You need to prevent too many threads from being spawned, a problem that could potentially result in a denial of service owing to exhausted system resources.
A common mistake in writing multithreaded programs is to create a new thread every time a new task is initiated; this is often overkill. Often, a "pool” of threads can be used to perform simple tasks. A set number of threads are created when the program initializes, and these threads exist for the lifetime of the process. Whenever a task needs to be performed on another thread, the task can be queued. When a thread is available, it can perform the task, then go back to waiting for another task to perform.
On Windows 2000 and greater, there is a new API function called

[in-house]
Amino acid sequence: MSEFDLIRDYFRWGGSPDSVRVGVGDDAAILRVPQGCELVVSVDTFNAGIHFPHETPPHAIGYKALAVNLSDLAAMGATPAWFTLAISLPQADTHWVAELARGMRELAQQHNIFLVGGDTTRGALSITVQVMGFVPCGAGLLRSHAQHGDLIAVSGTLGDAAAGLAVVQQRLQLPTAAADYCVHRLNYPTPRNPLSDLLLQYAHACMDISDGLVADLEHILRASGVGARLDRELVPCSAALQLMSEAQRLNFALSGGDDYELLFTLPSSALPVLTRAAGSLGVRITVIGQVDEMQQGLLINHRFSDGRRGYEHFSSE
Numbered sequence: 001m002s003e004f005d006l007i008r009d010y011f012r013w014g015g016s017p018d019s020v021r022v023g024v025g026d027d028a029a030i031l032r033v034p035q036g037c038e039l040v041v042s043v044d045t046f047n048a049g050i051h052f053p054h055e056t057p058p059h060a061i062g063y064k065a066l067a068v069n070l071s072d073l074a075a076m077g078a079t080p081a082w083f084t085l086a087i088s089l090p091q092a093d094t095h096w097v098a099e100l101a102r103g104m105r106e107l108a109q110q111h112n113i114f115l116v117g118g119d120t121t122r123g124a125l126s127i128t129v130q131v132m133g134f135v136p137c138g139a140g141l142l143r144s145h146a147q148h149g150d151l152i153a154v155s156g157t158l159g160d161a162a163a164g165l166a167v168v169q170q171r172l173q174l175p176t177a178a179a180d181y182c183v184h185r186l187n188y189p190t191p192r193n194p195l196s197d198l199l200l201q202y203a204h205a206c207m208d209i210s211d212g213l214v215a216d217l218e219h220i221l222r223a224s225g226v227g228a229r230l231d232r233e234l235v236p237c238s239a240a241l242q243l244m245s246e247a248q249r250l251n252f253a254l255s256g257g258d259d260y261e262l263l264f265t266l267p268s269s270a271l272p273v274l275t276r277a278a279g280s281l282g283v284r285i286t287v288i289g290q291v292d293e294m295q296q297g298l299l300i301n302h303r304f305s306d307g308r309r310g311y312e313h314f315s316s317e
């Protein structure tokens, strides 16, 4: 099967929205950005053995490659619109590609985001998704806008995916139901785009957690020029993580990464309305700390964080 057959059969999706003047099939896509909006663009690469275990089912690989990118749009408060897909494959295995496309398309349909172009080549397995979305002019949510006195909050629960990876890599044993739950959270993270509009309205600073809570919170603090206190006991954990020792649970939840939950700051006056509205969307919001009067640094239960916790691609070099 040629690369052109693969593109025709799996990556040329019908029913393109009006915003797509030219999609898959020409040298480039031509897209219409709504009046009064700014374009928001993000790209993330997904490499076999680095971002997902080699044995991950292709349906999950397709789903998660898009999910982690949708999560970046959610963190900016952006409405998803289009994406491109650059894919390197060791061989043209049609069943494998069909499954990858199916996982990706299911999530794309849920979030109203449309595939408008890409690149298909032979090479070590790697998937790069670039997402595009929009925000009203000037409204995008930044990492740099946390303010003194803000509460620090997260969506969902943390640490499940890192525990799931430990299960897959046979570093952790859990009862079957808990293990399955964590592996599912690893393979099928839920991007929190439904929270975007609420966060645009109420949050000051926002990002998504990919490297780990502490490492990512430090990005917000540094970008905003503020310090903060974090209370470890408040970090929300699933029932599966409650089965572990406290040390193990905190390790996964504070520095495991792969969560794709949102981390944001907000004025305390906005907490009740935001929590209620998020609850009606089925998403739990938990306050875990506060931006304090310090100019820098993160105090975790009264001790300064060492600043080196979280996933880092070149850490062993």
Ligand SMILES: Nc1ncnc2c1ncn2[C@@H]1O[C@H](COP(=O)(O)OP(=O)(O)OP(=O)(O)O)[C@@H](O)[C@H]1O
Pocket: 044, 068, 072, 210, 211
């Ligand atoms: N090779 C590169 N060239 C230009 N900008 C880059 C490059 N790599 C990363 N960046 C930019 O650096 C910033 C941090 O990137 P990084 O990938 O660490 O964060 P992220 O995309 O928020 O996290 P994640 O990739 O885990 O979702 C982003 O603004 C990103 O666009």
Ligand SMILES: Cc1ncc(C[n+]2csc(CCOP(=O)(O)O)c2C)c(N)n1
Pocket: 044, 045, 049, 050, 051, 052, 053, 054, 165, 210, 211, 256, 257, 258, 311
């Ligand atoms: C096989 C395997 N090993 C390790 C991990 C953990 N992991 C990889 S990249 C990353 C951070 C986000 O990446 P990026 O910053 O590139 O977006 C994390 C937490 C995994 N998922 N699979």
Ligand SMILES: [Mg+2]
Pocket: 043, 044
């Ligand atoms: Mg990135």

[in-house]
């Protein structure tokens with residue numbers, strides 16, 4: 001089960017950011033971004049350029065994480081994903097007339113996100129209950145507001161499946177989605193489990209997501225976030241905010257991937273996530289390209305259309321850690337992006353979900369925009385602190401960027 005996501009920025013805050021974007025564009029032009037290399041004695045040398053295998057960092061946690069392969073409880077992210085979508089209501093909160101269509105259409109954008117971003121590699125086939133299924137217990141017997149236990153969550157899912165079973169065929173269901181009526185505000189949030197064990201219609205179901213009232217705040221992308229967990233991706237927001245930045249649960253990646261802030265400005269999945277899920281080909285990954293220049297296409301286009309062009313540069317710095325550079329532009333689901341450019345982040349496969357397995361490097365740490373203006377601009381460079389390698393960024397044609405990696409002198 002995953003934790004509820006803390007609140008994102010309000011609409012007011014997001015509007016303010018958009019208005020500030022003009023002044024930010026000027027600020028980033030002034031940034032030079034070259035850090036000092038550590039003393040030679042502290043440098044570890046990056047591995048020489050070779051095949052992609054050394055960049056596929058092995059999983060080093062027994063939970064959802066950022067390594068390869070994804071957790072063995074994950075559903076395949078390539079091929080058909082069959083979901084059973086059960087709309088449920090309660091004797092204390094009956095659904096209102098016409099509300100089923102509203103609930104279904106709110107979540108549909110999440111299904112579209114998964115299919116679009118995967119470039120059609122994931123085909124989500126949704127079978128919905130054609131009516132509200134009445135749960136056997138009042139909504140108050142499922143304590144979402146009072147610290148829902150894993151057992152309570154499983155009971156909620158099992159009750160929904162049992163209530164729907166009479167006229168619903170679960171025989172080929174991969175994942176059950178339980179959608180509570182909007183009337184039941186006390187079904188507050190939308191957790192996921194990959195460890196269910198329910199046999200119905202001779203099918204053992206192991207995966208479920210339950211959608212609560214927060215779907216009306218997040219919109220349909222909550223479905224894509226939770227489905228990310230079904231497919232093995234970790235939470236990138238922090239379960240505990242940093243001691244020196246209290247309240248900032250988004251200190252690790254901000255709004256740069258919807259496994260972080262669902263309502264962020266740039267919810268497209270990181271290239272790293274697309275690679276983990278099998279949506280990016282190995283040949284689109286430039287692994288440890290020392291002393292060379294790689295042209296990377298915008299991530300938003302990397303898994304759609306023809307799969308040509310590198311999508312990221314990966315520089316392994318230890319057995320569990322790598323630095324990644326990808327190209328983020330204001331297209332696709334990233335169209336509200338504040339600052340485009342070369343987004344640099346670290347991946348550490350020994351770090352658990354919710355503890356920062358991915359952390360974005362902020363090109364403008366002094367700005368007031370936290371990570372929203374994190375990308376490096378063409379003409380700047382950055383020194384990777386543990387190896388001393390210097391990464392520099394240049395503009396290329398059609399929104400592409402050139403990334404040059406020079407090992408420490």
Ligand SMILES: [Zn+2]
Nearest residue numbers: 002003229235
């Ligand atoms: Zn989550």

that essentially implements the same
functionality as that presented in this recipe. Unfortunately, that
function does not exist on older versions of Windows. Our solution
has the advantage of being portable to such older systems. However,
if you are writing code that is guaranteed always to be running on a
system that supports the API, you may wish to use it instead.
Regardless of whether you use the API or the code we present in this
recipe, the concepts are the same, and the bulk of our discussion
Suppose that the program using thread spawns is a network server, and it spawns a new thread for each connection it receives, an attacker can quickly flood ...